I had a bottle of Westvleteren XII aging in my fridge. As I was putting some other bottles next to it, I nudged it slightly and the bottle shattered violently. I'm certain that I didn't hit it with enough force to do that kind of damage, so I'm thinking that there was pressure that had built up inside the bottle.

Is this something that's plausible? Could it mean that the beer had gone "off" and so I should not feel bad that my prized beer ended up as a sticky puddle?

  • maybe someone shook the can before you opened it. – user6035379 Nov 26 '16 at 13:59

I've been homebrewing and winemaking for almost 25 years and there are 3 reasons why a bottle might explode.

  1. Too much sugar for the secondary fermentation in the bottle. Homebrewers do this ALL THE TIME. Turns your beer into little hand-grenades. Sometimes fermentation is not complete and with the normal addition of sugar at bottling can cause problems. This happens frequently in high gravity beers.
  2. Infection - by this I mean something other than yeast was in the beer and started eating the sugar to make the carbonation in the beer. It could be a wide variety of agents from yeast to bacteria to fungus. They convert sugar to CO2 at different rates than yeast. Many times they produce more CO2 causing gushing beers and sometimes broken bottles.
  3. Defective bottle. 99.99% of the time bottles are built to spec, but occasionally one slips through with a defect and many times that can lead to a bottle failing. Also, bottles are sometimes dropped or banged around causing a crack.

Not knowing much about the beer but the 30 second Google search - I will try to give insight as to why this may happen.

I've noticed this was a Trappist beer. As such, there is probably as much yeast in there as homebrew beers that have had sugar added to carbonize the beer during the bottling process. When too much sugar is added at this step, the homebrewing community refers to the disaster that happens next as "painting the ceiling." This comes from the present yeast having too much sugar to eat and over-pressurize the beer. The first time this happened to me I thought someone was shooting either in or right beside my house. I know that the Trappist Monks have been doing things a lot longer than homebrewers; but, the situation is still plausible.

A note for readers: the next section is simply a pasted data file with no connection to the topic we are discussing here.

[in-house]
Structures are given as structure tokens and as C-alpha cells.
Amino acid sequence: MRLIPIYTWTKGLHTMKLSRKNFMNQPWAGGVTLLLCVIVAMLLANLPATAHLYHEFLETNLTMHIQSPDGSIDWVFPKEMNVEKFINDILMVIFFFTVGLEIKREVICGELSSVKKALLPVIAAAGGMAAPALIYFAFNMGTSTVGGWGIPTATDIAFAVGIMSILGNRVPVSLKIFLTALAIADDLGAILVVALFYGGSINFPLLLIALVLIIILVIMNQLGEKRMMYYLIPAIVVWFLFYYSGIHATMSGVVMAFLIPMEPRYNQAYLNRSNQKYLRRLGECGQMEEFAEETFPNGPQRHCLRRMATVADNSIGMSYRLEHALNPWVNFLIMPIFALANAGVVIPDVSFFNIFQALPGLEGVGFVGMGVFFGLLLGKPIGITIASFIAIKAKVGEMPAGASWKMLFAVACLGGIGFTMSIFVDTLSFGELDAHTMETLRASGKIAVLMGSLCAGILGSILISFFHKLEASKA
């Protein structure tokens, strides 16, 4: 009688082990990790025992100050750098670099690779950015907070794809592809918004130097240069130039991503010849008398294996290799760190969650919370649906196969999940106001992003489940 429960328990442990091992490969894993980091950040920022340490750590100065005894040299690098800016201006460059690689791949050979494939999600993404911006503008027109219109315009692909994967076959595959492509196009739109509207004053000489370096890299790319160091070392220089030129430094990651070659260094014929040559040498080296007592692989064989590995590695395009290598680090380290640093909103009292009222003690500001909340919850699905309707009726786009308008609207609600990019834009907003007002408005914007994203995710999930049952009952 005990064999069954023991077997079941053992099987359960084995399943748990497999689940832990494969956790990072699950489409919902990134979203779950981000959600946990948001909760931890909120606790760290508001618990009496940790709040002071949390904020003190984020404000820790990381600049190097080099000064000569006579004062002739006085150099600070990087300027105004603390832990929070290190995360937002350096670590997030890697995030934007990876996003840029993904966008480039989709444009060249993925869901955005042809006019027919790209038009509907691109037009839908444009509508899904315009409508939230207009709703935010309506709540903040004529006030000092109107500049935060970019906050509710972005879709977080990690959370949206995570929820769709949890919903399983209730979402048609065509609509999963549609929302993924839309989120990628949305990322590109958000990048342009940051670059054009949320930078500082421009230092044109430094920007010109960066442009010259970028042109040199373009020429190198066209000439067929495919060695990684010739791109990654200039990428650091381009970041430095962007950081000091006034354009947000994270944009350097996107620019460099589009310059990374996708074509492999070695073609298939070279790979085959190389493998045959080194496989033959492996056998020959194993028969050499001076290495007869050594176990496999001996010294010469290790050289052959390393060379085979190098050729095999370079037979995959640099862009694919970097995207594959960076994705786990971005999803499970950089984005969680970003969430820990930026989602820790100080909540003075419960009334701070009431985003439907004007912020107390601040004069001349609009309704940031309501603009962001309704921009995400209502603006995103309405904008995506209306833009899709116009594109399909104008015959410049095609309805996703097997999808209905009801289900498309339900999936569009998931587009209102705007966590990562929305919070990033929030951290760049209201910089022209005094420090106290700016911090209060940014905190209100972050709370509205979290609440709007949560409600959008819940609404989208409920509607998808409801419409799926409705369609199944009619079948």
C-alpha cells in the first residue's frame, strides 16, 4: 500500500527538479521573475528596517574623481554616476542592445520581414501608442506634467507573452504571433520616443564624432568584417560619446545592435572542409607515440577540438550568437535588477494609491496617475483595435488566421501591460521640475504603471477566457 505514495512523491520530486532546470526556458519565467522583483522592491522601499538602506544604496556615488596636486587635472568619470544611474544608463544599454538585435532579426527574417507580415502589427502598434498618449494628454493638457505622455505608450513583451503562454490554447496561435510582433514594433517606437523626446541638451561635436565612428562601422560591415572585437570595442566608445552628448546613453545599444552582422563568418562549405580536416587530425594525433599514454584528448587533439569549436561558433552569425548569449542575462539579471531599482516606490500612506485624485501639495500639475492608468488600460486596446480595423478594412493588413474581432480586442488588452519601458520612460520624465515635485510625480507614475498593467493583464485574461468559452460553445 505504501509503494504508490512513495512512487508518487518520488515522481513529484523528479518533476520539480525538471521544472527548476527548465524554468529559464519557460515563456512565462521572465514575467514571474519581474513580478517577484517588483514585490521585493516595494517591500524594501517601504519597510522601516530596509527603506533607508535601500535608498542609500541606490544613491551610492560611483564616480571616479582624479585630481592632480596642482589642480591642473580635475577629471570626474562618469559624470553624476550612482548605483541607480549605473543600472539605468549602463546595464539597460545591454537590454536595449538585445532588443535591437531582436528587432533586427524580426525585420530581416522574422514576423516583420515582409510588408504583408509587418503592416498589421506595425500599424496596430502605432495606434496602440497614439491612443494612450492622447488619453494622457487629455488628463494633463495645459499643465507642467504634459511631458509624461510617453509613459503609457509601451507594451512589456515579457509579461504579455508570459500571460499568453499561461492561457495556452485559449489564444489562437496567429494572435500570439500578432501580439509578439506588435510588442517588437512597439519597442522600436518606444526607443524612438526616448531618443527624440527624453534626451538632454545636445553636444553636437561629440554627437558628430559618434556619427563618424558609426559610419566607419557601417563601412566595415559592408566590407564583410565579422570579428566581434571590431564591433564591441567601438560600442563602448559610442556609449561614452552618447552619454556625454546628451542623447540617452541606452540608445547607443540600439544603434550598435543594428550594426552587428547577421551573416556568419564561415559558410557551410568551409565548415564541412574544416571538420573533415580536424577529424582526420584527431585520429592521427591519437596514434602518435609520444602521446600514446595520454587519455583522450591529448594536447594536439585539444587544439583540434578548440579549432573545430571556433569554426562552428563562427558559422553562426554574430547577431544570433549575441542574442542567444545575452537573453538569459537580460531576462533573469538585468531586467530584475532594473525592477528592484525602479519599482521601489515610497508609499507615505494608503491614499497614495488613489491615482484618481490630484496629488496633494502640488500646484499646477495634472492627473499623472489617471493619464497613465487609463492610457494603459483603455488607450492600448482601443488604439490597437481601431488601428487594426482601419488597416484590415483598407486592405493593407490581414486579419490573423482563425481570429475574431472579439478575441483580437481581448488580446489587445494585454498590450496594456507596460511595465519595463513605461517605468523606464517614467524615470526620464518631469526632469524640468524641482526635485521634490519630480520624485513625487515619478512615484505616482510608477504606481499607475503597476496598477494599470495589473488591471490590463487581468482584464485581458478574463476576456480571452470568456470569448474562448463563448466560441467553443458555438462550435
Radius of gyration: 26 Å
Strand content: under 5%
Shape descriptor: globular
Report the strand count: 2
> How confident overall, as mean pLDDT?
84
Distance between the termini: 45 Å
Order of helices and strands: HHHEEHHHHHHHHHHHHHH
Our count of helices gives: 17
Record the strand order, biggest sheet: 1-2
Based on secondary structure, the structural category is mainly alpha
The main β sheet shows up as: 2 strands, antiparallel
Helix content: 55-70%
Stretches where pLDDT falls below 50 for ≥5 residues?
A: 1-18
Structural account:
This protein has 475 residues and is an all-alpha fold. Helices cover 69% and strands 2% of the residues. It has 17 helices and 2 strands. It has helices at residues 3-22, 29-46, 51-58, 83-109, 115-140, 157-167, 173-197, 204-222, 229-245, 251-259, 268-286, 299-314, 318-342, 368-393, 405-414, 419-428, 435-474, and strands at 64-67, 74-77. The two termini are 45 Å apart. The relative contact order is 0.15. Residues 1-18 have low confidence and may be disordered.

There is also a chance for glass defects. Or perhaps, the bottle was knocked over and created a stress fracture that over time gave way with your slight nudge. You could always reach out to Westvleteren XII Gurus and ask what is the best way to store the beer so this doesn't happen again. Sorry for your loss! :(

  • 2
    Prior damage is entirely possible - I had these shipped from Belgium, and then moved house with them... – SPavel Nov 21 '16 at 22:29

Any beverage that is "bottle conditioned," with active yeast, has the possibility of this happening.

In most cases, the yeast will be limited by either -

  1. Fermentable sugars already being depleted (not all sugars are readily fermentable to brewing yeasts)
  2. Alcohol levels (this is the waste product of yeast) reaching levels that are toxic to the strain of yeast, and they either die or go dormant

Your typical home brew will go through fermentations so case #1 applies, and then they add just a bit of corn sugar and bottle so just a bit more fermentation occurs to carbonate the beverage in the bottle.

Other bottle conditioned brews might do an estimate of how much sugars have been used and how much remain, by measuring the specific gravity of the beer (more dense with sugars, less dense with less sugar and alcohol instead).

If their calculations were off, and there was still more sugars that could ferment, then pressure would build beyond what was needed just to carbonate.

I had a batch of stout where the yeast culture I used was pretty old, so it was less active than usual. The time when I thought it was done fermenting was actually not accurate because of the less lively activity, and my bottles of stout all started exploding in my basement, and I had to dump the rest of the batch out to save the bottles.

I also had a fruit punch recipe that my uncle used for a wedding beverage, using just fruit juice, wine and champagne. He used a much better champagne than the recipe called for, so there was live yeast. When he put the leftovers back into the wine jugs and put them in the fridge, they got very "lively", with carbonation, more alcohol content, a bit drier, and one jug shattering from the additional fermentation.

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